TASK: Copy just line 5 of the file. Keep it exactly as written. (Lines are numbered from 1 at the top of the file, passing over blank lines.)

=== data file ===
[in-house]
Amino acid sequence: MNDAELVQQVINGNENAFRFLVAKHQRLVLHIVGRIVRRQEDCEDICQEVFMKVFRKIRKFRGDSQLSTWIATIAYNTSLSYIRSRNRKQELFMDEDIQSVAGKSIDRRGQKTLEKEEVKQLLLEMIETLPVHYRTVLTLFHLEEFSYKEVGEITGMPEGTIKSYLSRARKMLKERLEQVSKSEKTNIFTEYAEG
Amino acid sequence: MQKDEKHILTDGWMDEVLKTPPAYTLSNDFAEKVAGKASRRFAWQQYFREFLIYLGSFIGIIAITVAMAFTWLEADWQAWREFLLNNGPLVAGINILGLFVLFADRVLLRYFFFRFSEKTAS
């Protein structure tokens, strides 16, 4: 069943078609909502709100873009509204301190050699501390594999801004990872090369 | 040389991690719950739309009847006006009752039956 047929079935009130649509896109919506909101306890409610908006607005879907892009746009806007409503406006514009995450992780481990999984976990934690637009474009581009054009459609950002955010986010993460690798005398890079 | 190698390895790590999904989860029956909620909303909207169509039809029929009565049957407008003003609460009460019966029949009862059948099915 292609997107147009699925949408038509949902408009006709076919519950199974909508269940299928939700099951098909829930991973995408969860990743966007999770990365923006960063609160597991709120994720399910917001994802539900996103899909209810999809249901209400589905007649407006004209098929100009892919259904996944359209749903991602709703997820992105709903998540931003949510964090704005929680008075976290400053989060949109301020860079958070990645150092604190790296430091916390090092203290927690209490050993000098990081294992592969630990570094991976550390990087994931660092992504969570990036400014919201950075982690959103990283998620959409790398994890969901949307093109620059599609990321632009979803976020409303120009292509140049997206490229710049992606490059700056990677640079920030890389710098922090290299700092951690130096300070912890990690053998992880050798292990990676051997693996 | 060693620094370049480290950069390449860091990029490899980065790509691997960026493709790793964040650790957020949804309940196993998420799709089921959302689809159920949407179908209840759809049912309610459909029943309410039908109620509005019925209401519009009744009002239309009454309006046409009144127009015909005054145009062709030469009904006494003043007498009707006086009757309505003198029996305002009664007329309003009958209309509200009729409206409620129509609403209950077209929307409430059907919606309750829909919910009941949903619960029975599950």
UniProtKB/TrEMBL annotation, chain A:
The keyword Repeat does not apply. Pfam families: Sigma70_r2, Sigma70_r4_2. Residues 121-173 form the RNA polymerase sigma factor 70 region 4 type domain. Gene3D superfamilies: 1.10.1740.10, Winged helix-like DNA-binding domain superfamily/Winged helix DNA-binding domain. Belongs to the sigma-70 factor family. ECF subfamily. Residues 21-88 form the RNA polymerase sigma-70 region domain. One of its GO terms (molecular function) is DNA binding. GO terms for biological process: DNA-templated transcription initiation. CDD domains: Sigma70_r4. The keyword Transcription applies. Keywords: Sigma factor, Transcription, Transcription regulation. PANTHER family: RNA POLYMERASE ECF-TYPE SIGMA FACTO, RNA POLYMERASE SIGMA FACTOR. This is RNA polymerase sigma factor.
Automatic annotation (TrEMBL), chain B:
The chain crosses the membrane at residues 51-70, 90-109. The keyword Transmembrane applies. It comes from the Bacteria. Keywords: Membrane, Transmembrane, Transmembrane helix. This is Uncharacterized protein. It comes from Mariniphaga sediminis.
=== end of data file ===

UniProtKB/TrEMBL annotation, chain A: